Deepcut: Police 'under pressure' from Milly Dowler case
Police were under "immense pressure" during the investigation in to the death of Pte Cheryl James at Deepcut following the murder of Milly Dowler.
Surrey Police re-investigated the army's original conclusion that Pte James, 18 from Llangollen in Denbighshire killed herself in 2002.
A potential suspect in her death was prompted by police to agree with a suicide theory, her inquest is told.
Ex-Det Ch Supt Craig Denholm denied the claims.
Lawyers for the James family said Surrey Police had "closed down" theories other than suicide, the hearing at Woking Coroner's Court was told.
Mr Denholm said his colleagues were "well briefed", "thorough" and did "a good job".
He said he had "badly expressed himself" in a meeting in which the minutes stated he had said the "spotlight" should be turned away from the role the army may have played in Pte James's death.
The court also heard another officer involved in the investigation resigned "before he could be sacked" after allegations he had inappropriately "chatted up" witnesses.
Alison Foster representing the James family, said a fellow soldier "should have been considered a suspect" because he was the "humiliated boyfriend of the deceased".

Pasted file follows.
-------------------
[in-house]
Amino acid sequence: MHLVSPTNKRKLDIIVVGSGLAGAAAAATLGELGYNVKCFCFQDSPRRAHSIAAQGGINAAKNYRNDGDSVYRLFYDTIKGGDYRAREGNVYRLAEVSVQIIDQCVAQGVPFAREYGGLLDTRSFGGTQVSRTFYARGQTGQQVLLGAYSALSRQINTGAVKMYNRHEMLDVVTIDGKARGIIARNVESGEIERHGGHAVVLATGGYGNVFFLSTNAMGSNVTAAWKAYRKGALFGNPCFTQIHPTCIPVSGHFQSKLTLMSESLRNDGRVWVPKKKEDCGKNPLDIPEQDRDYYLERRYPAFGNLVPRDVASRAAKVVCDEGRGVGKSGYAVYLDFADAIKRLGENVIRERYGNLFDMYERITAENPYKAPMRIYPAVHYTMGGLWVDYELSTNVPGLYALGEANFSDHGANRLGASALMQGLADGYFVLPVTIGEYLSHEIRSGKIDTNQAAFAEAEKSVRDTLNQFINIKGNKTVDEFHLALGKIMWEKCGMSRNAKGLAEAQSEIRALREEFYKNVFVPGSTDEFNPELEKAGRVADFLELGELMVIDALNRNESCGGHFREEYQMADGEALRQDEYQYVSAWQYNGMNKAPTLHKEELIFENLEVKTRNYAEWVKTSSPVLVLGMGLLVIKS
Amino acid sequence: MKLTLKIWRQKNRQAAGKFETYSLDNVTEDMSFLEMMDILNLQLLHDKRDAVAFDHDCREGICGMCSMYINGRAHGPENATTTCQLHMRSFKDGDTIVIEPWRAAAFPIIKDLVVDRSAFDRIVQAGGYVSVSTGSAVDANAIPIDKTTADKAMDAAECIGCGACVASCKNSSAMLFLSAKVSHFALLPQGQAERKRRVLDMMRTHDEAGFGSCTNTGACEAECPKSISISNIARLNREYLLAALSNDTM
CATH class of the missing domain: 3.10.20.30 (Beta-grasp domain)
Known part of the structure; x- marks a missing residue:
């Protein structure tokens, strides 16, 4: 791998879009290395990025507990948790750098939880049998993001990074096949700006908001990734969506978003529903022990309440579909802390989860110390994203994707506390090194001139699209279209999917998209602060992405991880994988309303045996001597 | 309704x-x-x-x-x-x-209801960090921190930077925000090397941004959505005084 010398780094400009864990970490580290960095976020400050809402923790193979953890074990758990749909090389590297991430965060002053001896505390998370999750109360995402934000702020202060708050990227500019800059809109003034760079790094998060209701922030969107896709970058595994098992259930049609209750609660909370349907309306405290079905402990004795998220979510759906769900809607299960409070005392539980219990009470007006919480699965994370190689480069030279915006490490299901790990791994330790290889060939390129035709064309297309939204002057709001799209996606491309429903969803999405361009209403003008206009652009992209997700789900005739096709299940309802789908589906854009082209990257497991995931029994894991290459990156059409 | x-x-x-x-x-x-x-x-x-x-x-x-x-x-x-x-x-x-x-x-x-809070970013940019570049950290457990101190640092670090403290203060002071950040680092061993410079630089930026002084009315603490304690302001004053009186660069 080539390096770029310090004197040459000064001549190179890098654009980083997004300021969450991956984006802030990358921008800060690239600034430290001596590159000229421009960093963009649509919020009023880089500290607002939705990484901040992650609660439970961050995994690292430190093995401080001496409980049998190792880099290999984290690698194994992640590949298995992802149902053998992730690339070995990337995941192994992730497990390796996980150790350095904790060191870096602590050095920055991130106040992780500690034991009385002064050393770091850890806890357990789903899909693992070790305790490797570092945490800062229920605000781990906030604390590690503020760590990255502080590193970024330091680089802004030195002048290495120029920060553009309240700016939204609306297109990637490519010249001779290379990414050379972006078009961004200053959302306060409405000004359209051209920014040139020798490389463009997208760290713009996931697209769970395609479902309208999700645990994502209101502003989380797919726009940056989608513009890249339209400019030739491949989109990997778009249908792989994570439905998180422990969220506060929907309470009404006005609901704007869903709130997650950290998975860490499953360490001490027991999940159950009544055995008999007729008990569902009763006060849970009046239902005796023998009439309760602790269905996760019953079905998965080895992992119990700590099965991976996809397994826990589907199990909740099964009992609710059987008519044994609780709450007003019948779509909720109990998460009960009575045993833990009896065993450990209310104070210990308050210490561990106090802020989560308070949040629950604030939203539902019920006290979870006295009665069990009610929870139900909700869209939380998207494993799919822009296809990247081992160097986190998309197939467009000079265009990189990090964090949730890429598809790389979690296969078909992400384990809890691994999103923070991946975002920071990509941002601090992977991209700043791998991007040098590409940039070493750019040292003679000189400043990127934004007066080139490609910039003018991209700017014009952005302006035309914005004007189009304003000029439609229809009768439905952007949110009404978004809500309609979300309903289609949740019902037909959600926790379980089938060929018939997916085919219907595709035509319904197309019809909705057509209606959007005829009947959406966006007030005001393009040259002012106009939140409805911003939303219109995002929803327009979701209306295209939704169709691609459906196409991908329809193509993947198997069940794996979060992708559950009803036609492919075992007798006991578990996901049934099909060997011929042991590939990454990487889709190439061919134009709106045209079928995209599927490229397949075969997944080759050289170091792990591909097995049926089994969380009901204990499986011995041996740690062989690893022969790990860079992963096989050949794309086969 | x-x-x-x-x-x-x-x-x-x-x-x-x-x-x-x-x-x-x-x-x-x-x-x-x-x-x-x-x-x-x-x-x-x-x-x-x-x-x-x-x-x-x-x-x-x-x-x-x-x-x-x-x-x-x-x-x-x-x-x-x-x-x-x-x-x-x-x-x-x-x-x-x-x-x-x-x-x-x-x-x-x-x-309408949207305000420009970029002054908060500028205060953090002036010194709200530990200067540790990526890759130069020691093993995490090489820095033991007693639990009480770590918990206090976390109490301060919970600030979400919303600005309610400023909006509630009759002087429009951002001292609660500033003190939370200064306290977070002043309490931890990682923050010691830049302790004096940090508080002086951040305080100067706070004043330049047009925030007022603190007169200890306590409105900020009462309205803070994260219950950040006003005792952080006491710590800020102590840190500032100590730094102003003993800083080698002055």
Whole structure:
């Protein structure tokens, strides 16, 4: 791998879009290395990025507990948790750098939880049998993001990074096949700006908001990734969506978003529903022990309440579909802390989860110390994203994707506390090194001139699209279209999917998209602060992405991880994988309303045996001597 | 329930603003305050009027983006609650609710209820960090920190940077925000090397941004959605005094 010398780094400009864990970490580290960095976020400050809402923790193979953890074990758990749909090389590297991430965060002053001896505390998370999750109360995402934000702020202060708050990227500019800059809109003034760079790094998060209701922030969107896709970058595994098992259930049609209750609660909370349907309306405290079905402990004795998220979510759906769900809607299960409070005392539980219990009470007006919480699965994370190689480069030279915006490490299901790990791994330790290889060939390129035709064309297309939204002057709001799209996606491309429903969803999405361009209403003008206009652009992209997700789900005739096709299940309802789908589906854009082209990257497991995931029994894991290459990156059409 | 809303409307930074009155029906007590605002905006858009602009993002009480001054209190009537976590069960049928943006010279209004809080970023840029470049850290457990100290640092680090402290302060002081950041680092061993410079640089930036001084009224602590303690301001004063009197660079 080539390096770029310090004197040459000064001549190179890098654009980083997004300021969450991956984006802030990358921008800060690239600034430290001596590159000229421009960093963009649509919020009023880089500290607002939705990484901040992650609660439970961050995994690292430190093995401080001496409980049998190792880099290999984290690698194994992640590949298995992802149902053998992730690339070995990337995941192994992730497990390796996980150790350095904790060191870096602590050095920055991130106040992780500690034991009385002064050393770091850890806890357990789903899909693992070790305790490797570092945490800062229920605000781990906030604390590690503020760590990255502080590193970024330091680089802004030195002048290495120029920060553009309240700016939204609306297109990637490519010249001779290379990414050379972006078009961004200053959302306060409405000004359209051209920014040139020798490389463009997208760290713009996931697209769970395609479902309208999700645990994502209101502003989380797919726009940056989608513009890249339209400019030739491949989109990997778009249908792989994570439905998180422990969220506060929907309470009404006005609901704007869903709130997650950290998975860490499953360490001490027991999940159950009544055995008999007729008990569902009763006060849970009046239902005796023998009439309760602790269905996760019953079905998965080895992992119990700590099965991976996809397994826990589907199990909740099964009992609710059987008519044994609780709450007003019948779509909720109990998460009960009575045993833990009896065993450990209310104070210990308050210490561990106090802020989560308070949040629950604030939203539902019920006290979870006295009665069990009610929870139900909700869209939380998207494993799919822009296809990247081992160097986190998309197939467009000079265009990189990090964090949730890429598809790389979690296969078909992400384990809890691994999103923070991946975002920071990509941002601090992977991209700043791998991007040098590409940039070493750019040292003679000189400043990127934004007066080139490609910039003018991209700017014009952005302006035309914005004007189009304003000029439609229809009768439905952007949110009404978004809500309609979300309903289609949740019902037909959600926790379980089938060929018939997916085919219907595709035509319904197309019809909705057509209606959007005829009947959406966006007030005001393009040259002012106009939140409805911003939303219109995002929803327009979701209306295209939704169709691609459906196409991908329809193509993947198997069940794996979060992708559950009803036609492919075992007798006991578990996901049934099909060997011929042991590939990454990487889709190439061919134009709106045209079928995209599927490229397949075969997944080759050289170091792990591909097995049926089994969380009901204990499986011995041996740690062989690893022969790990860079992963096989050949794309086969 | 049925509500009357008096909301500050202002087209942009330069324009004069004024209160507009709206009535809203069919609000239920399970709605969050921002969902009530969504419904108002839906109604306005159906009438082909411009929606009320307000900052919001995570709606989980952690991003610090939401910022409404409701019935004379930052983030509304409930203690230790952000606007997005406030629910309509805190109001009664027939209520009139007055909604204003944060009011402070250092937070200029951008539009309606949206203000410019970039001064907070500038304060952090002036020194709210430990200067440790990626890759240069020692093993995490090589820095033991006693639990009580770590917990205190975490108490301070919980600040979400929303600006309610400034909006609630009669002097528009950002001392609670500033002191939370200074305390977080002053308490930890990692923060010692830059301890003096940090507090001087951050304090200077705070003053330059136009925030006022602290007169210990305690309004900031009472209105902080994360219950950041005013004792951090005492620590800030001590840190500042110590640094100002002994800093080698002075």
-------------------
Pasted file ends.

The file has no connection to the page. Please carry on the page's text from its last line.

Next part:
Reading out a transcript of an interview the police officer conducted with the soldier in 2002 Ms Foster said: "It's quite feasible she shot herself. I don't think all the conspiracy theories really count.
"I think she perhaps struggled with letting people down.
"It's only a theory, do you think it's possible?"
The soldier replied "Yeah, but I've been through it a few times and there was just nothing. I couldn't think of a reason."
The officer continued: "I can only say from experience with a friend of mine you never know what's coming."
Ms Foster put it to Mr Denholm: "He is a person who ought to have been treated as a suspect.
"It is quite wrong to answer him by anecdote with reference to suicide."
Mr Denholm replied: "The only way I feel I can give justice to your answer is to fully understand the context of the interview."
Milly Dowler investigation
He later denied "briefing" journalists away from a murder theory.
"The way the media had reported the deaths at Deepcut was wrong - people lived in Deepcut and soldiers still served there. It was portrayed that there was a murderer loose," he told the inquest.
He said the investigation into Pte James's death was "well run".
There were things that weren't absolutely perfect but I completely hold firm on the belief that the people involved in this investigation were well briefed and thorough."
"I was taking officers off a the case of a serial rapist and one of the most high profile murders in the country. There was not a resource issue."
Pte James was one of four recruits to die from bullet wounds at the army base between 1995 and 2002.
An initial inquest into Pte James's death in 1995 recorded an open verdict but that was overturned by the High Court, which ordered the new hearing.
The inquest continues.